Training Hard? 5 Reasons why yoga should be part of your routine

Are you working out ultra-hard to get the best results possible? Or do you feel that you’re doing everything you can and just not getting ahead? Perhaps it’s time to look at yoga to enhance your performance. Adding yoga to your routine if you’re training hard for fitness or an athletic event has a bucket-load of benefits. Certainly flexibility is one of them, but you may not be aware that there’s plenty more advantages to yoga. Let’s have a look at some of them now.

Yoga poses require a lot of balance. When your balance improves, you improve your economy of movement. So whether you’re walking, running, dancing or playing a competitive sport, with improved balance you will be able to spend less energy organising your body to react the way that you need it to. Better balance, therefore, prevents injuries and improves agility, speed and performance.

Arguably, when left to our own devices, balance exercises are probably the first exercises we tend to discard. By including yoga classes in your weekly routine, you’re guaranteed to get your required dose of these beneficial exercises.

Those of you that have already experienced yoga will know first-hand that yoga practice is not simply a series of mindless stretches. Many asanas (or poses) are carefully held from just a few seconds to much longer, forcing your body to gain real functional strength. By ‘functional’, we mean useful strength that has a purpose for movement or activities, rather than simply gaining muscle size and power – which does not always translate to benefit in either athletic or day-to-day activities.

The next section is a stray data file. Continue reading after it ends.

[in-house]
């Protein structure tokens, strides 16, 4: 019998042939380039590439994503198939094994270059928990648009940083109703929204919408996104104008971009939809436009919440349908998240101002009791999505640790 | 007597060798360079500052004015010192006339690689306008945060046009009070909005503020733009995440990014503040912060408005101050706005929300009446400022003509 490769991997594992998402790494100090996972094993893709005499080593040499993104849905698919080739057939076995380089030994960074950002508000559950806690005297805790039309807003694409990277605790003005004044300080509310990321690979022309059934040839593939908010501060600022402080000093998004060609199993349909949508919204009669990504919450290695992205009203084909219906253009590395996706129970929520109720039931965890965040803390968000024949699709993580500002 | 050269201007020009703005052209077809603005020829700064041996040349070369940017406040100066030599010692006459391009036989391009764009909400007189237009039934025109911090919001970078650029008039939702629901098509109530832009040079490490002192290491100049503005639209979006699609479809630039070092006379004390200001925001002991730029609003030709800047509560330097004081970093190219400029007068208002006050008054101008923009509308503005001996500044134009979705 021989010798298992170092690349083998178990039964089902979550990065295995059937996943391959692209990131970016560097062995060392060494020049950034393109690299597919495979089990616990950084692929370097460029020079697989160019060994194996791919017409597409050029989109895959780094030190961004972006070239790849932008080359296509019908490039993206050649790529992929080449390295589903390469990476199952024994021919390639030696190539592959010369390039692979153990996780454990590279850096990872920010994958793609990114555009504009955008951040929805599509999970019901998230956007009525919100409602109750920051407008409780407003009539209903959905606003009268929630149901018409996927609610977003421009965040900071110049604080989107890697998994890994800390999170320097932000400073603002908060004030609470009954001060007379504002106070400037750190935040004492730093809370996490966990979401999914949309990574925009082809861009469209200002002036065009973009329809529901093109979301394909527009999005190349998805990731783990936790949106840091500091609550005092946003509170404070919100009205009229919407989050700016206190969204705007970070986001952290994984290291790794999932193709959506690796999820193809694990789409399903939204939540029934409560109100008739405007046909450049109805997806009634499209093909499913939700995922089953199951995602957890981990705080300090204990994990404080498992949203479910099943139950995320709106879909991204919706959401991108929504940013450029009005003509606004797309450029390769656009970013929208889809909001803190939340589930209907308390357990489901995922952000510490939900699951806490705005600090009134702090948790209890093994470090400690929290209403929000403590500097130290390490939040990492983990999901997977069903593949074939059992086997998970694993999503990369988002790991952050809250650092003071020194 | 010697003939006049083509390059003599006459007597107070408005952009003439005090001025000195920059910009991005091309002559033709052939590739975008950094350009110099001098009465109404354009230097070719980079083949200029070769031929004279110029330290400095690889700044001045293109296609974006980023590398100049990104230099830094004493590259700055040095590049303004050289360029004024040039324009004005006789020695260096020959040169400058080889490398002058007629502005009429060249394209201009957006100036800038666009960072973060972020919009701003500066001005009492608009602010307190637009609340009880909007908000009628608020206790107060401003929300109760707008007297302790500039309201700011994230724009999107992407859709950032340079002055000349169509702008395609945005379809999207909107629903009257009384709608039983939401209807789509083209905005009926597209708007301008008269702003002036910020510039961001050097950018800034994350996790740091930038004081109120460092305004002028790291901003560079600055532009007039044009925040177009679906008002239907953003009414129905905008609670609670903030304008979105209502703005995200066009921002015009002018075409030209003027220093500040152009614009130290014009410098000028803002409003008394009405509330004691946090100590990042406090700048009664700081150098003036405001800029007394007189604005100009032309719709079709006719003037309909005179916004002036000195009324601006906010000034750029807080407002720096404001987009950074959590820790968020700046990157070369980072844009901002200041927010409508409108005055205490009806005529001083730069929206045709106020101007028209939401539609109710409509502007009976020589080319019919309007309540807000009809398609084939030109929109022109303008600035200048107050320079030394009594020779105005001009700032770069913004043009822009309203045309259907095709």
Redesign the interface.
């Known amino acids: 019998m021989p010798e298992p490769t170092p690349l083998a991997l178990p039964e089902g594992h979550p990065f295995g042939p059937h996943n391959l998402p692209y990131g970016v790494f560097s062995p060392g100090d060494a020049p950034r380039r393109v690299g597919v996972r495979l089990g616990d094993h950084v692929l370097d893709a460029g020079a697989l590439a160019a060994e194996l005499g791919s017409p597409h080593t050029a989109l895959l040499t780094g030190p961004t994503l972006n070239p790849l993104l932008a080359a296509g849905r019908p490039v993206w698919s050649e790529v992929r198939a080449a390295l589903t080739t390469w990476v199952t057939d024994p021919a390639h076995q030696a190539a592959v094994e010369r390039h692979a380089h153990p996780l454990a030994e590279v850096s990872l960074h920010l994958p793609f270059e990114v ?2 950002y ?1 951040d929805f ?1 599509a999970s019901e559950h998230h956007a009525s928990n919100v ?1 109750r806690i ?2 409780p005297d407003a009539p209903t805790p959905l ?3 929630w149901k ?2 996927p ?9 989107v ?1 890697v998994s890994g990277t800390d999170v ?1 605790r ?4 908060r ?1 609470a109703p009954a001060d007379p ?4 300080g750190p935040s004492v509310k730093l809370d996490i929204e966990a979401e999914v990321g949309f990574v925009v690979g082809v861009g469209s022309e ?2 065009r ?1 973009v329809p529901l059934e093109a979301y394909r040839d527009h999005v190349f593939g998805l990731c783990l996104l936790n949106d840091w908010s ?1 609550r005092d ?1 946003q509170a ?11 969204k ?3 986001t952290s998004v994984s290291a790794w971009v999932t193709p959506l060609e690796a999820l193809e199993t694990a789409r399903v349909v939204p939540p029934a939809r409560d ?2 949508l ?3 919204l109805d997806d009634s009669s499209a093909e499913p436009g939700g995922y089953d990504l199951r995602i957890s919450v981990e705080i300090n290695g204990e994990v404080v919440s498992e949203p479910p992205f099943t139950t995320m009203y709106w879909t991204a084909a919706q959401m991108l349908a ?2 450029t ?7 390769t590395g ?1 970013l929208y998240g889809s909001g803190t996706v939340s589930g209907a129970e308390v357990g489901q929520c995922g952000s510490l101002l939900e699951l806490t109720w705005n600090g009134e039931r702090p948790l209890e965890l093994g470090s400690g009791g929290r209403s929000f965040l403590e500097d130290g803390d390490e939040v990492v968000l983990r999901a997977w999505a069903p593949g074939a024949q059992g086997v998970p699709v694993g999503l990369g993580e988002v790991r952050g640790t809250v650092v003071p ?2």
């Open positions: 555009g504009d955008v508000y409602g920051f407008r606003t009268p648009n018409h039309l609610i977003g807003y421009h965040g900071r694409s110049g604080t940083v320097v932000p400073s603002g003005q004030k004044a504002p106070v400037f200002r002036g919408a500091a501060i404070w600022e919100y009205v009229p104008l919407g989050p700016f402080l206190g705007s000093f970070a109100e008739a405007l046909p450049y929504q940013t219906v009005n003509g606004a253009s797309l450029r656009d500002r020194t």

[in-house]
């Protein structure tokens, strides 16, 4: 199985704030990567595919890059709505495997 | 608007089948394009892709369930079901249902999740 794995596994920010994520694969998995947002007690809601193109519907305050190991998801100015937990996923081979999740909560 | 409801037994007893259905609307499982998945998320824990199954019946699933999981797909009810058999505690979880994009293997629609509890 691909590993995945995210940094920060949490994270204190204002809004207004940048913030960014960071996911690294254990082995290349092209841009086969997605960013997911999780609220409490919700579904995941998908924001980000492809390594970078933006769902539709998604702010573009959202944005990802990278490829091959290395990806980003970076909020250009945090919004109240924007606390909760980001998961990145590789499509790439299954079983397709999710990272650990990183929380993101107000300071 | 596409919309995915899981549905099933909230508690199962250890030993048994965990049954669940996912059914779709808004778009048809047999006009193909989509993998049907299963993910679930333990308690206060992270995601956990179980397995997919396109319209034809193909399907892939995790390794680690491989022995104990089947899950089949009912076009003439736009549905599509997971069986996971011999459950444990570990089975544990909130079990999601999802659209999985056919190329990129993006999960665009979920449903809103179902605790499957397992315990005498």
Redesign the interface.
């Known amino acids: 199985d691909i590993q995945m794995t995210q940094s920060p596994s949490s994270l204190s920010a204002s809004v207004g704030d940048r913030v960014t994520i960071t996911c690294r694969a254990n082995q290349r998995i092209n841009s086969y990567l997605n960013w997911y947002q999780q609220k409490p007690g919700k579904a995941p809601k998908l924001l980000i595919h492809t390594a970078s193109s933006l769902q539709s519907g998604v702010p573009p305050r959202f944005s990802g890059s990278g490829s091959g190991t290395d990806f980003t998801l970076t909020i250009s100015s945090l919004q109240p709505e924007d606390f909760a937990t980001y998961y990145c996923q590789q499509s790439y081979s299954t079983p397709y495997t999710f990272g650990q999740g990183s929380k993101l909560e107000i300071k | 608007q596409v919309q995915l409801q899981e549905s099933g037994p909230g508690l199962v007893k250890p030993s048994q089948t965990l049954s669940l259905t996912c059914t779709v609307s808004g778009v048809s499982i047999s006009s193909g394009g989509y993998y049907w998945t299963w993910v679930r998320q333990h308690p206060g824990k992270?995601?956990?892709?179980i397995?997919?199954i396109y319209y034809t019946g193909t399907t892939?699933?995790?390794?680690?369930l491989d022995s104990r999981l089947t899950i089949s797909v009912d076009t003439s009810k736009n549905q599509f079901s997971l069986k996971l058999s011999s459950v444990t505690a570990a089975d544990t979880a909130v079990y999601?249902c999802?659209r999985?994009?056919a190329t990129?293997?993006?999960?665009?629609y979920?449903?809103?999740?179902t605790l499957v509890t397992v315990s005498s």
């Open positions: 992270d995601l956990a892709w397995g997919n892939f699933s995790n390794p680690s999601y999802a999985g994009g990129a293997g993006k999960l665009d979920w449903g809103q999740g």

For example, holding a difficult position without the use of gym equipment requires several muscles to work synergistically, rather than just a prime mover performing all the work. Postural muscles have to be engaged, your proprioception and balance is improved, and greater economy of movement is achieved. This type of exercise gives profoundly different results than pumping out bicep reps or hamstring curls. The added benefit here is that often the primary mover or other muscles will be lengthened, further allowing underdeveloped muscles to perform their job, creating a more balanced, and highly functional form of strength.

So why, you may wonder, is flexibility so important? Arguably, too much flexibility is not a good thing, as it can weaken muscles. Anything can be taken to the extreme. Flexibility is an important part of fitness, generally speaking though, for several reasons.

Range of movement (ROM) is increased in the muscles and joints when you are flexible. When there is a better ROM, the athlete or avid exerciser can perform better (reach higher, twist further, stride longer). For example, if a swimmer has flexible shoulder joints and torso muscles, particularly the obliques, they can rotate their torso, and elevate their arm more. This flexibility enables them to pull through a greater amount of water with more power as well as with improved muscular efficiency. If a runner increases flexibility in her or his hips and iliopsoases, the greater ROM will enable them to stride further, increasing movement efficiency.

Injury prevention
Although injury prevention comes about as a by-product of increased flexibility and strength, the topic is important enough to warrant its own blog space. A stronger body is a more robust one, giving greater protection to joints, tendons and ligaments. Tight muscles put extra tension on tendons, creating more friction and more potential for inflammation and injury. Any runner will tell you that simply by stretching out your calf muscles more frequently you will reduce the chance of Achilles tendinitis.